Electricity reached the station in 1962, allowing the light to be automated and Wallace Wentzell, the final keeper, to come ashore. 150 years of lightkeeping on Coffin Island had come to an end. No longer needed, the keeper’s dwelling was demolished.

In 1991, the buffer between the lighthouse and the sea had been whittled down to just two metres. By 1998, an eighth of the base of the tower had been undermined. The Canadian Coast Guard announced plans to replace the light by a buoy and demolish the tower, which was a safety hazard. Alarmed by the potential loss of their beloved lighthouse, locals quickly formed the Coffin Island Lighthouse Heritage Society in the summer of 1998 and managed to get a one-year reprieve on the demolition so it could develop a plan to save the lighthouse.

The society considered moving the lighthouse but instead opted to spend $70,000 to place giant granite boulders along roughly seventy-metres of the shoreline to prevent further erosion. The stone armour was all in place by August 1999 and managed to fend off the sea for a few years, but by 2006, many of the granite blocks had been dislodged and the tower was severely undermined. A new fibreglass tower was erected on Coffin Island, 330 feet from the shore, in October 2006, and the concrete tower was demolished. Coffin Island Lighthouse continues to mark the entrance to Liverpool Bay by eastern approaches, while the western approaches are marked by Western Head Lighthouse.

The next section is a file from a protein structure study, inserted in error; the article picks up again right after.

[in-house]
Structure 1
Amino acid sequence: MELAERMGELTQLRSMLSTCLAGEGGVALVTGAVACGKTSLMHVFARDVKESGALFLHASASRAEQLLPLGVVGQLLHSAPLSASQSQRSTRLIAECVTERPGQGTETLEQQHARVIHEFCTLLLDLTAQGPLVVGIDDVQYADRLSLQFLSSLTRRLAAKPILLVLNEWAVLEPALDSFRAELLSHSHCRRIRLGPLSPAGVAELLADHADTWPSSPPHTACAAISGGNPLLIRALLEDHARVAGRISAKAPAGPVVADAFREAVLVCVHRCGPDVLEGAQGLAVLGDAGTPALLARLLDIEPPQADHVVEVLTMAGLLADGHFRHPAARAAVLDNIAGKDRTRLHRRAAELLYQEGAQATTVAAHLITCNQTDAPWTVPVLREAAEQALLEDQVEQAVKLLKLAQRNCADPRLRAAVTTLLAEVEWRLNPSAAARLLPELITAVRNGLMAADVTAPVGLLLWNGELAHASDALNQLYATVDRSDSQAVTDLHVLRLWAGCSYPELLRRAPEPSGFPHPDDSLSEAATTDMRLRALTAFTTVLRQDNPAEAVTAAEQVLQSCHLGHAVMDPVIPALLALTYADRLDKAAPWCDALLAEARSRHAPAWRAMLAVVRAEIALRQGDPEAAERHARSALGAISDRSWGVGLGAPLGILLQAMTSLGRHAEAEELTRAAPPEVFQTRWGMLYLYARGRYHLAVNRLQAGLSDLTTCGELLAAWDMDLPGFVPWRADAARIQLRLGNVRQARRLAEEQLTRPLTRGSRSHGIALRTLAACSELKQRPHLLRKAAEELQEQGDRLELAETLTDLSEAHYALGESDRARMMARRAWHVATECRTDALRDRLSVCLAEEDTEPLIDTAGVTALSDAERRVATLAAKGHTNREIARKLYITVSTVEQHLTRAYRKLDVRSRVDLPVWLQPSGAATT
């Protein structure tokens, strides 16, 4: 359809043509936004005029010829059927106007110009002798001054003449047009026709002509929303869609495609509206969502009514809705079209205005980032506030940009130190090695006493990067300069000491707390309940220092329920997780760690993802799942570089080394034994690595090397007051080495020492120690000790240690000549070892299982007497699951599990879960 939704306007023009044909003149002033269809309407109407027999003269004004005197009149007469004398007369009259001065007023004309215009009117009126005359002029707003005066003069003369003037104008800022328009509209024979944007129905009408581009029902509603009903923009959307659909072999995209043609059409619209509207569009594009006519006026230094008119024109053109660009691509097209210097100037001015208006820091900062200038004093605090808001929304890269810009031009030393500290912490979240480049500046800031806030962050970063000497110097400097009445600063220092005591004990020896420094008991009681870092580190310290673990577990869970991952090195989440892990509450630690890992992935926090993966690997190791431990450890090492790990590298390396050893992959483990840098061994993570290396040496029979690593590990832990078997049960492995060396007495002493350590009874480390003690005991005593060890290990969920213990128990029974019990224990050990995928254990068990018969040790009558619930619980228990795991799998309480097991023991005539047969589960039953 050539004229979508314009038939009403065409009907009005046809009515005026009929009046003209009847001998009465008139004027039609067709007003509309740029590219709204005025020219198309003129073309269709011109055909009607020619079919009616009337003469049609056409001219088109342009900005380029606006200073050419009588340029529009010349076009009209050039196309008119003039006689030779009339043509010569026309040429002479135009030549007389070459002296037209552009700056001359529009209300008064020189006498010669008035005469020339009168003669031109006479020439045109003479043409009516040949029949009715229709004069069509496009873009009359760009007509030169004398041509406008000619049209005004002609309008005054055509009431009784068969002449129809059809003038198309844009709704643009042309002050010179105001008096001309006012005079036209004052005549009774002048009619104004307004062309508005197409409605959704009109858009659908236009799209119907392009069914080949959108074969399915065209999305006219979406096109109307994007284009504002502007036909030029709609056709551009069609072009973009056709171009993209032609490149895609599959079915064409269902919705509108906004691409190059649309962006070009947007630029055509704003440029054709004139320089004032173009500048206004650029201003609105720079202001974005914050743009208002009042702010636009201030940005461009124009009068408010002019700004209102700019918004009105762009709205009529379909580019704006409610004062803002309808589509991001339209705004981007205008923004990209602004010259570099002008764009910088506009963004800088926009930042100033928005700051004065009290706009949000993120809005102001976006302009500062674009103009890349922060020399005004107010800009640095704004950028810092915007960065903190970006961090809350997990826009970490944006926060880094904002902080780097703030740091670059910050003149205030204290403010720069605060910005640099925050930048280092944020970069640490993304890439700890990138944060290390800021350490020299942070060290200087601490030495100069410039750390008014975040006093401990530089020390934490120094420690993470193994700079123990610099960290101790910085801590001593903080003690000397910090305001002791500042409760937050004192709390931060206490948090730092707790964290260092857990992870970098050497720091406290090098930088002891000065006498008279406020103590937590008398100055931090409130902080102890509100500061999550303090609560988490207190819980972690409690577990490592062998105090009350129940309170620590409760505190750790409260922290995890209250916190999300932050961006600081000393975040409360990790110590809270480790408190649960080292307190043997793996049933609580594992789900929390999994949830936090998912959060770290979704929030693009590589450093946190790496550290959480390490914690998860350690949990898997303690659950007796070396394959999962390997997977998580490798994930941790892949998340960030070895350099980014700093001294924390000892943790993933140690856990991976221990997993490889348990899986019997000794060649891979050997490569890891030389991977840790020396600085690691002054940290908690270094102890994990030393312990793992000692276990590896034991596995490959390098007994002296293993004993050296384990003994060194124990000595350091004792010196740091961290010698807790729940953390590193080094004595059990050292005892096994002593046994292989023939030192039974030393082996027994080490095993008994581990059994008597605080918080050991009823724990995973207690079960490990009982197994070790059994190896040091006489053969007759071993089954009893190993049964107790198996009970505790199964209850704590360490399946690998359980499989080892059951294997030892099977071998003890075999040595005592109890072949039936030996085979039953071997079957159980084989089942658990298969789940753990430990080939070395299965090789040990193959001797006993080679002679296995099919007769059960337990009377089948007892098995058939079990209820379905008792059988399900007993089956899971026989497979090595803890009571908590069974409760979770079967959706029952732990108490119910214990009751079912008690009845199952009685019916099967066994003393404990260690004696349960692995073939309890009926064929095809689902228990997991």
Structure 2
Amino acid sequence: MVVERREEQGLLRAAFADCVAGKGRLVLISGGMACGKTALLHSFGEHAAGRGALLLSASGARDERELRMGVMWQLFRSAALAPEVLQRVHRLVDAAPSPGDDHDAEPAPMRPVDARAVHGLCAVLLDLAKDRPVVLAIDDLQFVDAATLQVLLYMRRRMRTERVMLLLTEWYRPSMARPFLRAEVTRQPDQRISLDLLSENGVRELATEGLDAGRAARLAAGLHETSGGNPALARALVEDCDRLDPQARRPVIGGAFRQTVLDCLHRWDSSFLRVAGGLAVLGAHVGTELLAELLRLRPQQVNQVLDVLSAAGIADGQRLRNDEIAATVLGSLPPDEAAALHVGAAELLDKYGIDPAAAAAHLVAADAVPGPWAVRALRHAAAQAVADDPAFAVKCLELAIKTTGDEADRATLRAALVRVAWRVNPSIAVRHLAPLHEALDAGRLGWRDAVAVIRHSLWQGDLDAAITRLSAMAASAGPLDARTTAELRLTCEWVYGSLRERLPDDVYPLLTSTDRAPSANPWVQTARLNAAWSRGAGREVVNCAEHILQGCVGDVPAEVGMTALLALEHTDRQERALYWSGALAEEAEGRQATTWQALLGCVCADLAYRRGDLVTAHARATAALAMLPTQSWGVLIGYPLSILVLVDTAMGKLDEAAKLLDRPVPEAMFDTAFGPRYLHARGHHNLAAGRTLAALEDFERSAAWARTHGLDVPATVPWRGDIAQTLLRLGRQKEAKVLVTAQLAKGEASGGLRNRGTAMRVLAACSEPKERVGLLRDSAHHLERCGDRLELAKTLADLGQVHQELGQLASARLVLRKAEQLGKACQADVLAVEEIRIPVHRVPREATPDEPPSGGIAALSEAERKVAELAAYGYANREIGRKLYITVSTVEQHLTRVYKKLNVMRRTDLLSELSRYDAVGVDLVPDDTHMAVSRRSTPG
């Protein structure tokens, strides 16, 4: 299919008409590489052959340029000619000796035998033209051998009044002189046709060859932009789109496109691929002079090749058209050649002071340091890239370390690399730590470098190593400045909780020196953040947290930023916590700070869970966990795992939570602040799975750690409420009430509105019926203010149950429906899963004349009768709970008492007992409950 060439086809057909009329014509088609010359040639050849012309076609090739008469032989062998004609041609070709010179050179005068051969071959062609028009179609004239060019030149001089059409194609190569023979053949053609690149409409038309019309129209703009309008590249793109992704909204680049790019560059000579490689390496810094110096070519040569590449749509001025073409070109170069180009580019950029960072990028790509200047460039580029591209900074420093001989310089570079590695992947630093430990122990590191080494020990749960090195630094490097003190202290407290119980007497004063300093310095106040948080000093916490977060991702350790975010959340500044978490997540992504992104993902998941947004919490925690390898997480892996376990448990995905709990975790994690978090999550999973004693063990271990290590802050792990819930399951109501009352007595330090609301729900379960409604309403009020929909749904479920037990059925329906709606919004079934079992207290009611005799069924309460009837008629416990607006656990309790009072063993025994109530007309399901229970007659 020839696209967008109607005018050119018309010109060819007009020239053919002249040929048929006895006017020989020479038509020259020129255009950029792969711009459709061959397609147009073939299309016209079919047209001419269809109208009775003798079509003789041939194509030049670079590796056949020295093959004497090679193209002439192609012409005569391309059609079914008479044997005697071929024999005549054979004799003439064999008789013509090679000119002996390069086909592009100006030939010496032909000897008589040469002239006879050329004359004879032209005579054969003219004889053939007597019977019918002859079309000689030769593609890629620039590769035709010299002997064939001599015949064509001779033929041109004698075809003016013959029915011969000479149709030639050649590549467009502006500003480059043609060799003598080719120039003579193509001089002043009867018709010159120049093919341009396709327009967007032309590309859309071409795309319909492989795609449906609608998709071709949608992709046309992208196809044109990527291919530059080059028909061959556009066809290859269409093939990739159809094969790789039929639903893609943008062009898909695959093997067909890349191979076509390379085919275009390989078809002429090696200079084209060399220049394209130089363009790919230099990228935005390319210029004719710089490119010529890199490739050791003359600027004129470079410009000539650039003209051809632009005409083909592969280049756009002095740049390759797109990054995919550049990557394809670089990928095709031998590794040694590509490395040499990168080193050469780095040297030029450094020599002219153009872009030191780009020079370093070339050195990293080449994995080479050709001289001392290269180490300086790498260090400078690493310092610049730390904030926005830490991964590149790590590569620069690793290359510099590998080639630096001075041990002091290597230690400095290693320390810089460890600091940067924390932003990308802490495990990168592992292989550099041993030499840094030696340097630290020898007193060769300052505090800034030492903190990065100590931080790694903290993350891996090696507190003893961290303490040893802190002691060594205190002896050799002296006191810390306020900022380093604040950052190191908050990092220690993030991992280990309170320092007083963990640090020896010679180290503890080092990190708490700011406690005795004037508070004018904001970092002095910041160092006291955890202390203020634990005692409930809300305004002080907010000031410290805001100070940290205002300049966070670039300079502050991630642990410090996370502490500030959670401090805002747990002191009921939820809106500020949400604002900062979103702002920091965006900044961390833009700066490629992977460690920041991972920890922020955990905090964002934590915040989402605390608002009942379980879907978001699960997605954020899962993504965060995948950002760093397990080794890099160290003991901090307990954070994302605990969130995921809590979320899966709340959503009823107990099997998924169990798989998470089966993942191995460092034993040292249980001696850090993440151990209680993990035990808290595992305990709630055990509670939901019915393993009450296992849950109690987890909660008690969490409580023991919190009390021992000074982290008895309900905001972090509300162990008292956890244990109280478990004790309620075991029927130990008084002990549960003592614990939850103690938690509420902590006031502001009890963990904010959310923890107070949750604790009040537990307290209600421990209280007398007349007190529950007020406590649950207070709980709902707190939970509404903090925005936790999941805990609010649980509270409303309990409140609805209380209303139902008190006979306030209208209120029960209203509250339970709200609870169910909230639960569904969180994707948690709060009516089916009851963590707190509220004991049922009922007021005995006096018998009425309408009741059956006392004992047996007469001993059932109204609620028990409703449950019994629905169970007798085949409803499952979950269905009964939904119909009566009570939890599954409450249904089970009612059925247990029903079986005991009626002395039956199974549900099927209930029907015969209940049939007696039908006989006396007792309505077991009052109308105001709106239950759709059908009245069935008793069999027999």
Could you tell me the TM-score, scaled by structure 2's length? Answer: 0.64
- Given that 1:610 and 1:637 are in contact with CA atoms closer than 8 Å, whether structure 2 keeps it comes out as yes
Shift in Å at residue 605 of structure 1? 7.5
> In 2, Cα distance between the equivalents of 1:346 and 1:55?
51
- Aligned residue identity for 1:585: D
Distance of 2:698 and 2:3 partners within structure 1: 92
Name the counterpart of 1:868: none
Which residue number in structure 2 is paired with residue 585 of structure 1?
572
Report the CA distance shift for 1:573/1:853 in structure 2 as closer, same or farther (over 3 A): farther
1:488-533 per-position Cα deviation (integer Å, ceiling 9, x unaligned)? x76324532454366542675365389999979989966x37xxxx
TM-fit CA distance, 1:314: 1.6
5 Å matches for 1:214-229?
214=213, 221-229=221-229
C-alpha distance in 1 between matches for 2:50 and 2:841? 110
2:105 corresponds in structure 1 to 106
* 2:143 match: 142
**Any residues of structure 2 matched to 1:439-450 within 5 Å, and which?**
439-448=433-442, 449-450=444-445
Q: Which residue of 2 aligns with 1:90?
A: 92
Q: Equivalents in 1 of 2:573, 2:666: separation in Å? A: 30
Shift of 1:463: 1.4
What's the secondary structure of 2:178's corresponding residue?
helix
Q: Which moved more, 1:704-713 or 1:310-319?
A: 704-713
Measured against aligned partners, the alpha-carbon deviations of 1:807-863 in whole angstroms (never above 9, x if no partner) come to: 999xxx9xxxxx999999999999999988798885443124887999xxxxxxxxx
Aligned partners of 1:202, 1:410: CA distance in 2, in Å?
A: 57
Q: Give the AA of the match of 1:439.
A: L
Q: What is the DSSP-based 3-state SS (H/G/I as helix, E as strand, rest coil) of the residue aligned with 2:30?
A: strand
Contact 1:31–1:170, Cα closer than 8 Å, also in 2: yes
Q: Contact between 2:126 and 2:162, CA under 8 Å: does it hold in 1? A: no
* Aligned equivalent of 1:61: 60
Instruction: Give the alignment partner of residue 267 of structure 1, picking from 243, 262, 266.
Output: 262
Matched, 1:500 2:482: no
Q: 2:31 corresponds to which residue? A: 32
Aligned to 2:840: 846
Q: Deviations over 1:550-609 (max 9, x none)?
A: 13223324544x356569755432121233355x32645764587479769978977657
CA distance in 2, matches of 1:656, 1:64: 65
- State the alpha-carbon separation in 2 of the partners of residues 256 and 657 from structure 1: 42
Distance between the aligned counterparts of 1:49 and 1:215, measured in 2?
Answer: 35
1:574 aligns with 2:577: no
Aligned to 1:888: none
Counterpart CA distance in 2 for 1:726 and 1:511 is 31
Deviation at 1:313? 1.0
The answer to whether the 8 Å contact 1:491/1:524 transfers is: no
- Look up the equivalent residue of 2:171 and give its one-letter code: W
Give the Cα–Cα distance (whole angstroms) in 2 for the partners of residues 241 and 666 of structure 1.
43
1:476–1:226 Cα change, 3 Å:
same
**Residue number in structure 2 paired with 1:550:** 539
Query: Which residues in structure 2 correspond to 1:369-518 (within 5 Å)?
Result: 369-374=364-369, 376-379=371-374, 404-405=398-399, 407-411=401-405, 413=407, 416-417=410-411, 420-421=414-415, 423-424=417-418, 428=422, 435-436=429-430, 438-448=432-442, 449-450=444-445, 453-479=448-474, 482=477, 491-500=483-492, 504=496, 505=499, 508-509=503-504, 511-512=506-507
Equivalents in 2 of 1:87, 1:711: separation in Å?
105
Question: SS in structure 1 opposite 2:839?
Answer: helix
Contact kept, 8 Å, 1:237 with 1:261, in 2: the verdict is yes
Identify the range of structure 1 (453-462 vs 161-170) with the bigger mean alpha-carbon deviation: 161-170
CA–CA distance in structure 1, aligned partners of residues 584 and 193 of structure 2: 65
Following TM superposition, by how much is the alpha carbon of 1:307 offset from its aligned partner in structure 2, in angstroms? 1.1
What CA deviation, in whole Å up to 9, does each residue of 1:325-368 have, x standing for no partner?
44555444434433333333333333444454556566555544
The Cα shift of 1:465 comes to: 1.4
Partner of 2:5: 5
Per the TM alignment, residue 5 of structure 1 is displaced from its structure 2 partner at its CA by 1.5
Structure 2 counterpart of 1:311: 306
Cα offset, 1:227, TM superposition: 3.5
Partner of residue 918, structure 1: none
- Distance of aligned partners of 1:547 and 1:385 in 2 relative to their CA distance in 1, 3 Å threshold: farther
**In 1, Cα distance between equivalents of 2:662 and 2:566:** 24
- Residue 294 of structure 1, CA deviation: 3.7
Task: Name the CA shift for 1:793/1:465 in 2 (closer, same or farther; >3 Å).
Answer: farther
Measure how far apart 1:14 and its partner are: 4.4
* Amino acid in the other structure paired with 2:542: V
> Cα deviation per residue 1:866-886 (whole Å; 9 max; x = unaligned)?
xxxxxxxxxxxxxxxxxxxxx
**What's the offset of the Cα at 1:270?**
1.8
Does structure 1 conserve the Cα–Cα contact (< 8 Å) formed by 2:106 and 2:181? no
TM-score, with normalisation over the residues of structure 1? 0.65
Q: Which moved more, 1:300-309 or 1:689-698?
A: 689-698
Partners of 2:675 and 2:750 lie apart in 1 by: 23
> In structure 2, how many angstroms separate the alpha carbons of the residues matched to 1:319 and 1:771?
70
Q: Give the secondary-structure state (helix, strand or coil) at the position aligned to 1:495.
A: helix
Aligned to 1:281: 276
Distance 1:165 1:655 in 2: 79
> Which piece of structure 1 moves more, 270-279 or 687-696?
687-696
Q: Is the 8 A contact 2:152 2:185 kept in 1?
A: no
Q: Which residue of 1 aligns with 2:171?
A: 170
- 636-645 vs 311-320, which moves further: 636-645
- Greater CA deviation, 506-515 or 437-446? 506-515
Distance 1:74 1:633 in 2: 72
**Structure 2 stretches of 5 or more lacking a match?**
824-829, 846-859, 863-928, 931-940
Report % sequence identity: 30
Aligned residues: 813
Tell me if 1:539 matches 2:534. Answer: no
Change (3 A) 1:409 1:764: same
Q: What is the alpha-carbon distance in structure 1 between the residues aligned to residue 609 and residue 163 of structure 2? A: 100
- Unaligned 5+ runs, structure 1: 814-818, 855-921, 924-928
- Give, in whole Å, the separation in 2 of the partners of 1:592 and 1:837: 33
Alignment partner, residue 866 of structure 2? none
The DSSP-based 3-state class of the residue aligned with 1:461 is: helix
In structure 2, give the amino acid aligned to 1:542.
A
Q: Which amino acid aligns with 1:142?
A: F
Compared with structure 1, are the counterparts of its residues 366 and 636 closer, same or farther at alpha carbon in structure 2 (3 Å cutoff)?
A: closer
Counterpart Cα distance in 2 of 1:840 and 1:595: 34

Keepers: James McLeod (1815 – 1817), J. Bays (1817), Samuel Sellon (1821 – 1856), John McLeod (1857 – 1863), Thomas Eaton (1863 – 1872), William Firth (1872), Charles W. Firth (1873 – 1880), Charles M. Firth (1880 – 1909), James E. Wentzel (1909 – 1932), W. Gates (1932 – 1933), James E. Wentzel (1933), Arthur W. Gates (1933 – 1946), Lester K. Leaman (1946 – 1950), Clyde H. Fralic (1950 – 1951), Russell T. McKinnon (1951 – 1959), Wallace B. Wentzell (1959), Harry S. Vanbuskirk (1959 – 1961), Wallace B. Wentzell (1961 – 1962).


  1. Journal of the House of Assembly of the Province of Nova Scotia, various years.
  2. Annual Report of the Department of Marine and Fisheries, various years.
  3. “Coffin Island Lighthouse,” Dan Conlin, The Lightkeeper, September, 1998.
  4. Lighthouses & Lights of Nova Scotia, E.H. Rip Irwin, 2003.